Editor's note: WTOP's Neal Augenstein shares his personal experience in this story.
Neal Augenstein, wtop.com
WASHINGTON - With tickets going on sale Friday for Bruce Springsteen & The E Street Band's Sept. 14 show at Nationals Park, you'd think there'd be a line of fans already camped on the sidewalks outside the box office.
Oh yeah, it doesn't work that way anymore.
In May 1978, weeks before the release of "Darkness On the Edge of Town," tickets were set to go on sale for Springsteen's tour, including a stop at the New Haven Coliseum in New Haven, Conn.
Tickets went on sale on a Monday. I wanted good seats, so I got in line at the box office, 2:30 a.m Sunday.
Actually, at one point I was the line.
Armed with a radio, a sleeping bag and a folding chaise lounge, all I had to do was endure 54 1/2 hours until the box office opened, and I was confident I'd have front-row center seats.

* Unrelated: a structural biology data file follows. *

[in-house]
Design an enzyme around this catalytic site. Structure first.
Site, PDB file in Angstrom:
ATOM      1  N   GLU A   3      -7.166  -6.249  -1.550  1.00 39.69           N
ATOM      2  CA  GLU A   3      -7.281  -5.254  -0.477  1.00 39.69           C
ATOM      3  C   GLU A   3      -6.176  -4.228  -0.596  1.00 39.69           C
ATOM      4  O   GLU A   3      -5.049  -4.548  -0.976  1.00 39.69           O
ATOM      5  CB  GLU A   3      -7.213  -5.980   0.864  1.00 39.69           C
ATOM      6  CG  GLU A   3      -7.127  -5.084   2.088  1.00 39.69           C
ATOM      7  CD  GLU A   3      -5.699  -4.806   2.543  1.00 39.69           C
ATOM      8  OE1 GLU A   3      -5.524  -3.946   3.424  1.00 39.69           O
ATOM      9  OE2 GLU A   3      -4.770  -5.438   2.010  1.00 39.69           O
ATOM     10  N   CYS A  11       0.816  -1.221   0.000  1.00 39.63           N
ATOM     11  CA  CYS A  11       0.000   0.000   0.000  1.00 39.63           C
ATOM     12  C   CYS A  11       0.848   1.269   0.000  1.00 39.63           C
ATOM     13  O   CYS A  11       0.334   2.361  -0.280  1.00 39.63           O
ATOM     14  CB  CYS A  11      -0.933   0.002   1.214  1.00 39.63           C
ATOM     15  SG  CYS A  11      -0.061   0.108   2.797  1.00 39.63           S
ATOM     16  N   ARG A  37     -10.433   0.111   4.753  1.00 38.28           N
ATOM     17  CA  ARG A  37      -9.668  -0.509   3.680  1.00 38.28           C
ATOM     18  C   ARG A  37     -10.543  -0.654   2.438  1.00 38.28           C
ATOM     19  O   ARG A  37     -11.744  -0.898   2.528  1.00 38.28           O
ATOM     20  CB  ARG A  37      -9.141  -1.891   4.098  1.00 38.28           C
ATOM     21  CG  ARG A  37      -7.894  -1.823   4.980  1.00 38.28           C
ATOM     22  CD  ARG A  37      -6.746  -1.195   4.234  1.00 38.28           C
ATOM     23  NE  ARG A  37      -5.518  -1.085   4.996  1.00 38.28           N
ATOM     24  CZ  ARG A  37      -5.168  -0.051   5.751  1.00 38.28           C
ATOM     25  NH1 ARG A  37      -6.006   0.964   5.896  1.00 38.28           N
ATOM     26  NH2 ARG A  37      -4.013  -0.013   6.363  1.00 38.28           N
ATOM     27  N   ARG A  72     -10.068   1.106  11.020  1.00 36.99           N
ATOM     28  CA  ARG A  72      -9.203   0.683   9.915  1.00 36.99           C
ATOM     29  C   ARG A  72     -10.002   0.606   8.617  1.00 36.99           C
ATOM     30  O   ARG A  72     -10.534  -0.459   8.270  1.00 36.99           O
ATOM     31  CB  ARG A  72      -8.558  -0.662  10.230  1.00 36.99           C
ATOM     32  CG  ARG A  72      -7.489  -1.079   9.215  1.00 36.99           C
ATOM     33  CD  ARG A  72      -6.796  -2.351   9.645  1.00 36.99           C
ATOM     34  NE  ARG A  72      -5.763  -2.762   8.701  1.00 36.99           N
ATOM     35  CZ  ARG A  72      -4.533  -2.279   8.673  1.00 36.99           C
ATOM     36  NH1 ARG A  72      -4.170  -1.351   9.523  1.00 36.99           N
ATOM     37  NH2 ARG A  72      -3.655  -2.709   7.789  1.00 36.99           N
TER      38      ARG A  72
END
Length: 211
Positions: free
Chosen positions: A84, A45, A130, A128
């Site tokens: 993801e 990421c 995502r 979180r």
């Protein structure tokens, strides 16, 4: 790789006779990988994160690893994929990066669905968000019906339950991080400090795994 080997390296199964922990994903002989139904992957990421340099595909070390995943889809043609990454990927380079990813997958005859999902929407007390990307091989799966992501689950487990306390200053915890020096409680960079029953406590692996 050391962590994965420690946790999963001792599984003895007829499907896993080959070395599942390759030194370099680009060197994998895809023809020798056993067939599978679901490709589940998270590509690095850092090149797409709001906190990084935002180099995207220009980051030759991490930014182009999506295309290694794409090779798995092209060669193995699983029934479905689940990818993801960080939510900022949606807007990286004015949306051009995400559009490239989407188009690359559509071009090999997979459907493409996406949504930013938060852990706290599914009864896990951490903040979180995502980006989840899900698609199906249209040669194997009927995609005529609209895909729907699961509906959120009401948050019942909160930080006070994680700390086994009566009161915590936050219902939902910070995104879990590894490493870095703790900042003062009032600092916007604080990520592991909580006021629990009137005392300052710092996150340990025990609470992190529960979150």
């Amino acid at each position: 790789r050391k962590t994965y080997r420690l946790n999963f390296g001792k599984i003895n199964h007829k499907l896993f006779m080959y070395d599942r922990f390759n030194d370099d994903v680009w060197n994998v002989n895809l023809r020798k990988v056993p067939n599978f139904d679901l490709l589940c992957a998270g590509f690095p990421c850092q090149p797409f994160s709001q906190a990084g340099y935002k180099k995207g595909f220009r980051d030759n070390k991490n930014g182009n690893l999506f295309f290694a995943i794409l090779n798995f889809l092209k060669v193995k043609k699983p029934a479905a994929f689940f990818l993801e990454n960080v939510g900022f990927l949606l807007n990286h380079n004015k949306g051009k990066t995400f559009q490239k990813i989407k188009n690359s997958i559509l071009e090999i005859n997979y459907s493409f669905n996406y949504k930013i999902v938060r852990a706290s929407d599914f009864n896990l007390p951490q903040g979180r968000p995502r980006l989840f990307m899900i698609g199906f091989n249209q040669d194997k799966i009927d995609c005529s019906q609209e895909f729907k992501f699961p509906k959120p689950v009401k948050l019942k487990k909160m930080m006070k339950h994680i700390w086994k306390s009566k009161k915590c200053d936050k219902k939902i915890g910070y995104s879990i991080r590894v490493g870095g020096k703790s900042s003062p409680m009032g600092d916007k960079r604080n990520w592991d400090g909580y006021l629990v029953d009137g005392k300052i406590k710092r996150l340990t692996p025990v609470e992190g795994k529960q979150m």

In those days, before online ticketing, venues held the best tickets at the box office, and fans willing to "Prove It All Night" were rewarded with the best seats.
My hometown paper, "The New Haven Register," had a reporter document my experience, complete with the picture you have before you -- afro, Gene Shalit mustache, a satisfied half-smile of someone who accomplished a goal.
I walked away from the box office with a couple dozen front- and second-row floor tickets for friends.
A teenager trying to impress his friends would have to take another route these days.
Online ticketing has for the most-part removed the adventure of camping out for concert seats.
Sure, it's more convenient to click a few keys, but it ain't rock and roll.
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